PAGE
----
Celebrate the Facts!
The United States has become a plutocracy where the wealthy, albeit indirectly, govern the bulk of the population. The rich stack the deck by ensuring they not only retain their money but grow it, with little check by legislators beholden primarily to them by loads of ‘dark money.’ In America, the wealthy enjoy extraordinary lives and get to enjoy it for longer, as they live longer, and that trend is increasing. The ingrained tendency to categorize people along racial lines obscures the real issue – in the United States, it is rich vs. poor, and the Devil very much takes the hindmost early.
-The American lens tends to break down trendlines in public health by demographic: men, women, African-American, Caucasian-American, indigenous, and Latino, among others, but that lens focuses on details, and so obscures the truth. Race is a social construct, not a biological division of humanity.
Historical treatment of race meant separating the species of man, Homo Sapiens, into racial taxons. Started in the 18th century by white people, this grouping was twinned with racist theories about supposed abilities and disabilities of those racial groups. Later science-based disciplines of genetics and evolutionary biology have shown that human race taxonomy has no scientific basis. Instead, race categories are social constructs created from prevailing social perceptions without scientific evidence. Yet, despite modern proof that race is an arbitrary fiction, demographers and governments still use racial taxons.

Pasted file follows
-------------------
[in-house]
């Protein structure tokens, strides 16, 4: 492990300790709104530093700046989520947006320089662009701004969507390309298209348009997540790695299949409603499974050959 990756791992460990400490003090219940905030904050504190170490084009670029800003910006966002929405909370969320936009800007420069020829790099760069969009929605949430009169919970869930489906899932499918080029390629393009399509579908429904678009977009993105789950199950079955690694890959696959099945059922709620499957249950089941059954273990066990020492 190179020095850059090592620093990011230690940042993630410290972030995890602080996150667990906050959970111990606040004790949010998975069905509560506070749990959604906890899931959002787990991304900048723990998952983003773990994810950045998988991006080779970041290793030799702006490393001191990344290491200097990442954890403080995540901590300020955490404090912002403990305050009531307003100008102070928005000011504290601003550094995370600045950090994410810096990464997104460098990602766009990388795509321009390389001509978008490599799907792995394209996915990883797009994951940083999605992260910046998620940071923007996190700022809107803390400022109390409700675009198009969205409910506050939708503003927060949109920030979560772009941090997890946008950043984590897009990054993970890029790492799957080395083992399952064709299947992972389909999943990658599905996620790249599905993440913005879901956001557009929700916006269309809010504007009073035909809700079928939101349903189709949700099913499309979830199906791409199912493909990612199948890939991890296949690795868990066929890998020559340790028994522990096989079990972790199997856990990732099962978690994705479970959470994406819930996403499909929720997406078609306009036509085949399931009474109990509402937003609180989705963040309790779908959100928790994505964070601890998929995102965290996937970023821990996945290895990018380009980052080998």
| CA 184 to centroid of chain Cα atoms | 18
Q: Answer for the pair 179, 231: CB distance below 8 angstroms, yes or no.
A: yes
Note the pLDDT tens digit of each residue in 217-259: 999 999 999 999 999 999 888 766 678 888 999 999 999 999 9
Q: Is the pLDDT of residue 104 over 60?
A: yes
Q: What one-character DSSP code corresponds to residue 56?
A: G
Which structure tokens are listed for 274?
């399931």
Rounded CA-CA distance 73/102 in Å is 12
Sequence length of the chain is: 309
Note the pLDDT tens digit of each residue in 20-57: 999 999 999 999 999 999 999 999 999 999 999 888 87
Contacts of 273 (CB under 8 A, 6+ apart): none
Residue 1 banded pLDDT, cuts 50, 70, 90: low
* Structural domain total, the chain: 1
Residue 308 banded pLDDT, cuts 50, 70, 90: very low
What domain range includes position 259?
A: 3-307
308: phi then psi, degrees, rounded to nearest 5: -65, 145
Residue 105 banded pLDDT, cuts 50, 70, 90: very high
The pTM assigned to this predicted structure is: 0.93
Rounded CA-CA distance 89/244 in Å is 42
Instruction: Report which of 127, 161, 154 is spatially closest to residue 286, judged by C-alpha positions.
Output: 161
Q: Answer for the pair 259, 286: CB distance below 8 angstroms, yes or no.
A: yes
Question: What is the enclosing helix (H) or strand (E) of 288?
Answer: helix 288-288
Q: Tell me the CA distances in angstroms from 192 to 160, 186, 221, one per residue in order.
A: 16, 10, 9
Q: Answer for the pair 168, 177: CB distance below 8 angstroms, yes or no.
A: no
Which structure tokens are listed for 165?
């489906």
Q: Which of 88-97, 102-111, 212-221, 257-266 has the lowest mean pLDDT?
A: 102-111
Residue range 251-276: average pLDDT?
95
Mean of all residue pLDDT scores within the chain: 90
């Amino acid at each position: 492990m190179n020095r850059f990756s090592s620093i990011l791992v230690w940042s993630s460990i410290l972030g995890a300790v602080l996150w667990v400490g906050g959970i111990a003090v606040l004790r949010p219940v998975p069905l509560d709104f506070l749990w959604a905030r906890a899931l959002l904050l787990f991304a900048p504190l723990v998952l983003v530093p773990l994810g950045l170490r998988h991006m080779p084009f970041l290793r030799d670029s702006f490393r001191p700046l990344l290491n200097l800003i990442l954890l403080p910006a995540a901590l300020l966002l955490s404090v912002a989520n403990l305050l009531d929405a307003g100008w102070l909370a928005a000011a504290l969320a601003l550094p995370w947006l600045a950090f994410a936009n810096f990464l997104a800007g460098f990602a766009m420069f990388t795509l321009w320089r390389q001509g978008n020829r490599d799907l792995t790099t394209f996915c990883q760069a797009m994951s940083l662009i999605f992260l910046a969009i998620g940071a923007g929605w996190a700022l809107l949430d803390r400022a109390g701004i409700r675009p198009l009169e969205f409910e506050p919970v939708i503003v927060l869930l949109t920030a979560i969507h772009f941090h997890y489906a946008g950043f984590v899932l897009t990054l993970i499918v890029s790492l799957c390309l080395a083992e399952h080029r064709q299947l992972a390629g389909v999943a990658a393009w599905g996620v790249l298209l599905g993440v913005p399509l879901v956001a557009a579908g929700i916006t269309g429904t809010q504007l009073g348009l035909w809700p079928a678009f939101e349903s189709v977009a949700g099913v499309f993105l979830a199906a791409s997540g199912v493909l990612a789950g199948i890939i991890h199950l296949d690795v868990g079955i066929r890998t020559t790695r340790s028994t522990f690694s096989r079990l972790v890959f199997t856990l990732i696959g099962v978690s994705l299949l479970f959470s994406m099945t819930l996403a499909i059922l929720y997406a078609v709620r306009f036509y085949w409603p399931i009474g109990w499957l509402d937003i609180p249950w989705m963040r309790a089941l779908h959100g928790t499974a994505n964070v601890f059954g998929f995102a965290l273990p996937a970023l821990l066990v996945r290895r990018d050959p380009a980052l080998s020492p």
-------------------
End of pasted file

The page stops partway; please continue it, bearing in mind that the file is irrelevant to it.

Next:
Separation of people by race allows and supports common categorical misperceptions and ultimately racist philosophies and helped create the incredibly divisive political climate in the United States.
Arguably the elite classes are pleased with such division as it consumes the public discourse and mitigates the honest discussions about fundamental economic inequity and generational poverty. A good example is the current discussion of Critical Race Theory by the Infotainment Industrial complex.
These sidebars take the place of discussion of the real problem. In America, there are poor rich, poor people, and not much in between. If you are poor, you are likely to die at a much younger age.
Although life expectancy has generally been increasing over time in the United States, with a notable exception for the period of the COVID-19 pandemic, researchers have long documented that it is lower for poor people than for the rich. The why’s of this include:
Cohorts of Americans born more recently are experiencing wider gaps in life expectancy. In addition, individuals with lower lifetime earnings are living shorter lives than their counterparts with higher lifetime earnings — and this gap has continued to widen.
For men born in 1930, individuals in the top 20% of income (quintile) can expect to live 5.1 years longer at age 50 than men in the lowest income quintile. But the real story is that this gap has increased over time. For example, for men born in 1960, those in the top income quintile can expect to live 12.7 years longer at age 50 than men in the bottom income quintile. And there are similar patterns for women: the life expectancy gap at age 50 between the bottom and top income quintiles of women expanded from 3.9 years for the 1930 birth cohort to 13.6 years for the 1960 birth cohort.